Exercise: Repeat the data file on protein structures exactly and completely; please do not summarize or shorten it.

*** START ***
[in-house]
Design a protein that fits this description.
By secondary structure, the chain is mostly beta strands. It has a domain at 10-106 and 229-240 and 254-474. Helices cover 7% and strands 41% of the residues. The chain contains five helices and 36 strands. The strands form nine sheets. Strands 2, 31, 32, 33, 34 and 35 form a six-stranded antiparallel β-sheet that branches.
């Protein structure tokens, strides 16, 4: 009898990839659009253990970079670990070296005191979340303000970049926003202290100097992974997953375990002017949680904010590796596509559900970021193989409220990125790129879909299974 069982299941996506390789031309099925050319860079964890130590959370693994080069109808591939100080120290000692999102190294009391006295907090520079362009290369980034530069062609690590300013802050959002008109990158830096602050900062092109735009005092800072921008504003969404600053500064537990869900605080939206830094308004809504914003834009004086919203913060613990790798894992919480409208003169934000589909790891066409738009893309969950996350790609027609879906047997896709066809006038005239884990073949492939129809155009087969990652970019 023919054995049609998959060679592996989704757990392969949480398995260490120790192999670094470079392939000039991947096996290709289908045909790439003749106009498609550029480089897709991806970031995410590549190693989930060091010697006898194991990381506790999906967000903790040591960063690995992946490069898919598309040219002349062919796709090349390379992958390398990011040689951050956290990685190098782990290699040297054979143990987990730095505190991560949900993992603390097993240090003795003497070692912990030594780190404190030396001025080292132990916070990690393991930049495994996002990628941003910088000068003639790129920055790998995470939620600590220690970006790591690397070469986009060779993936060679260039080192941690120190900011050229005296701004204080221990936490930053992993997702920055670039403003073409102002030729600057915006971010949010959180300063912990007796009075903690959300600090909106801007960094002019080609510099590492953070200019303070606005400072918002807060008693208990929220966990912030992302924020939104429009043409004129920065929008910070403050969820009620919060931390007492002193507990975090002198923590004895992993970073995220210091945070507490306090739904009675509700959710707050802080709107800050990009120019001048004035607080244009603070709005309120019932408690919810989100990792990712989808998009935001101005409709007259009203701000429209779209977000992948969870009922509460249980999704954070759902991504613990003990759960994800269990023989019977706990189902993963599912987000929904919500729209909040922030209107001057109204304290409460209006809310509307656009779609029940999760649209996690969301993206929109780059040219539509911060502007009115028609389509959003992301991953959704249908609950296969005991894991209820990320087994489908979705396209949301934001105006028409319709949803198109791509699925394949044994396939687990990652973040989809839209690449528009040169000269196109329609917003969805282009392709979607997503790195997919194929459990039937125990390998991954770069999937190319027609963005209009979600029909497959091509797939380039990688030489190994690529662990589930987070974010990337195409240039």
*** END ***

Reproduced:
[in-house]
Design a protein that fits this description.
By secondary structure, the chain is mostly beta strands. It has a domain at 10-106 and 229-240 and 254-474. Helices cover 7% and strands 41% of the residues. The chain contains five helices and 36 strands. The strands form nine sheets. Strands 2, 31, 32, 33, 34 and 35 form a six-stranded antiparallel β-sheet that branches.
């Protein structure tokens, strides 16, 4: 009898990839659009253990970079670990070296005191979340303000970049926003202290100097992974997953375990002017949680904010590796596509559900970021193989409220990125790129879909299974 069982299941996506390789031309099925050319860079964890130590959370693994080069109808591939100080120290000692999102190294009391006295907090520079362009290369980034530069062609690590300013802050959002008109990158830096602050900062092109735009005092800072921008504003969404600053500064537990869900605080939206830094308004809504914003834009004086919203913060613990790798894992919480409208003169934000589909790891066409738009893309969950996350790609027609879906047997896709066809006038005239884990073949492939129809155009087969990652970019 023919054995049609998959060679592996989704757990392969949480398995260490120790192999670094470079392939000039991947096996290709289908045909790439003749106009498609550029480089897709991806970031995410590549190693989930060091010697006898194991990381506790999906967000903790040591960063690995992946490069898919598309040219002349062919796709090349390379992958390398990011040689951050956290990685190098782990290699040297054979143990987990730095505190991560949900993992603390097993240090003795003497070692912990030594780190404190030396001025080292132990916070990690393991930049495994996002990628941003910088000068003639790129920055790998995470939620600590220690970006790591690397070469986009060779993936060679260039080192941690120190900011050229005296701004204080221990936490930053992993997702920055670039403003073409102002030729600057915006971010949010959180300063912990007796009075903690959300600090909106801007960094002019080609510099590492953070200019303070606005400072918002807060008693208990929220966990912030992302924020939104429009043409004129920065929008910070403050969820009620919060931390007492002193507990975090002198923590004895992993970073995220210091945070507490306090739904009675509700959710707050802080709107800050990009120019001048004035607080244009603070709005309120019932408690919810989100990792990712989808998009935001101005409709007259009203701000429209779209977000992948969870009922509460249980999704954070759902991504613990003990759960994800269990023989019977706990189902993963599912987000929904919500729209909040922030209107001057109204304290409460209006809310509307656009779609029940999760649209996690969301993206929109780059040219539509911060502007009115028609389509959003992301991953959704249908609950296969005991894991209820990320087994489908979705396209949301934001105006028409319709949803198109791509699925394949044994396939687990990652973040989809839209690449528009040169000269196109329609917003969805282009392709979607997503790195997919194929459990039937125990390998991954770069999937190319027609963005209009979600029909497959091509797939380039990688030489190994690529662990589930987070974010990337195409240039």